Having a reverse mortgage could affect your government benefits. For example, a lump sum payment could increase your asset balance to the point where you do not qualify for a full age pension.
It’s best to check with Centrelink before you apply for a reverse mortgage.
Alternatives to reverse mortgages
There are a number of alternatives to reverse mortgages that can help you boost your bank balance. These include:
- Downsizing. Selling your home and buying a cheaper property is a straightforward way of freeing up some extra cash.
- Create passive income. Rental income can be created by renting out a spare room to a permanent tenant or via popular short-term rental sites such as Airbnb and Stayz. You could even put a tiny house on your property and rent it out, or convert your garage into a habitable room.
- Pensions Loans Scheme. Another alternative to a reverse mortgage is the Pension Loans Scheme. Under the scheme, the Federal Government loans you money each fortnight through Centrelink. The loan isn’t taxed but comes with costs and interest payments. To be eligible for the Pensions Loans Scheme, you or your partner must be 66 or over (current age pension qualifying age), able to get a pension and own real estate you can use as security for the loan.
Pros & cons
- Extra cash. Taking out a reverse mortgage means you will have extra money available while still owning, and living in, your own home.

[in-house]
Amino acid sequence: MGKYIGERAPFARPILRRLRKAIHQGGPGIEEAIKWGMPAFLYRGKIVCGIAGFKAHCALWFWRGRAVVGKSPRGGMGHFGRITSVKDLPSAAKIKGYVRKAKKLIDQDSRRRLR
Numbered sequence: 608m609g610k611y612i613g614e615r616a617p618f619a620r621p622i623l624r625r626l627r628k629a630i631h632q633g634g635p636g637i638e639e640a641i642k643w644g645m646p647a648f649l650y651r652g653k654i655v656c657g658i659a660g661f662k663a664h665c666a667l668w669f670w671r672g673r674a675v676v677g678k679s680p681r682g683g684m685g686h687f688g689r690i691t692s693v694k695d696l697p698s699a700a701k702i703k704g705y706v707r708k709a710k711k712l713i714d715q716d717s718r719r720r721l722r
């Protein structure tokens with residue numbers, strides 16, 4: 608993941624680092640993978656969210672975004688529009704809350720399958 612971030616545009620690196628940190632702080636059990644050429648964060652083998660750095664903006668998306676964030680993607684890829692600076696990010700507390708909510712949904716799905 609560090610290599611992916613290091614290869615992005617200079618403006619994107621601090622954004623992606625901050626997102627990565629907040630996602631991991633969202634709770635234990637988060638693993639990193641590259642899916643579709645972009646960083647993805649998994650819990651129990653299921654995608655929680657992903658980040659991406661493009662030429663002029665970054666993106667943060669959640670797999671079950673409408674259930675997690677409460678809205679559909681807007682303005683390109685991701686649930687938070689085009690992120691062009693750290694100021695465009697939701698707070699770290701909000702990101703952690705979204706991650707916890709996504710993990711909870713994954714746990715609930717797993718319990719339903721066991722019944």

- No restrictions. You can use the money for whatever you like, including funding your retirement, taking a holiday or paying down debt.
- No repayments. You don’t have to make repayments if you don’t want to.
- Higher interest rate. The interest rates and fees on a reverse mortgage are usually much higher than those on a normal home loan.
- Compound interest can significantly reduce home equity. If you decide not to make repayments on your loan, the effect of compound interest means you may end up owing much more than you expected and you could see the equity in your home greatly reduced. This could affect your ability to pay for aged care and medical expenses when you finally sell your home.
- Interest rates could rise, property values could fall. Another thing to keep in mind is how interest rates and property prices could affect your home equity. If interest rates increase and/or property prices decrease, you may end up with less money than you hoped for when your home is sold.
Peter, 67, and Jenny, 66, are funding their retirement with superannuation and a partial age pension from Centrelink. They have repaid their mortgage in full and so own their house outright. Although they have enough to live on, they would like to buy a newer car and a caravan to enable them to take a trip around Australia.
They decide to apply for a reverse mortgage. Both of their children are in reasonable financial circumstances, so they are not concerned about depleting their eventual inheritance. Following their application to a specialist reverse mortgage lender, they are invited to meet a broker for discussion and advice.
During the meeting, the broker explains that they can borrow up to 21% of their home’s value at an interest rate of 5.02% p.a., following a professional valuation to establish how much it is currently worth. He also itemises the fees they will have to pay – $2,100 to cover the application fee, stamp duty and brokerage.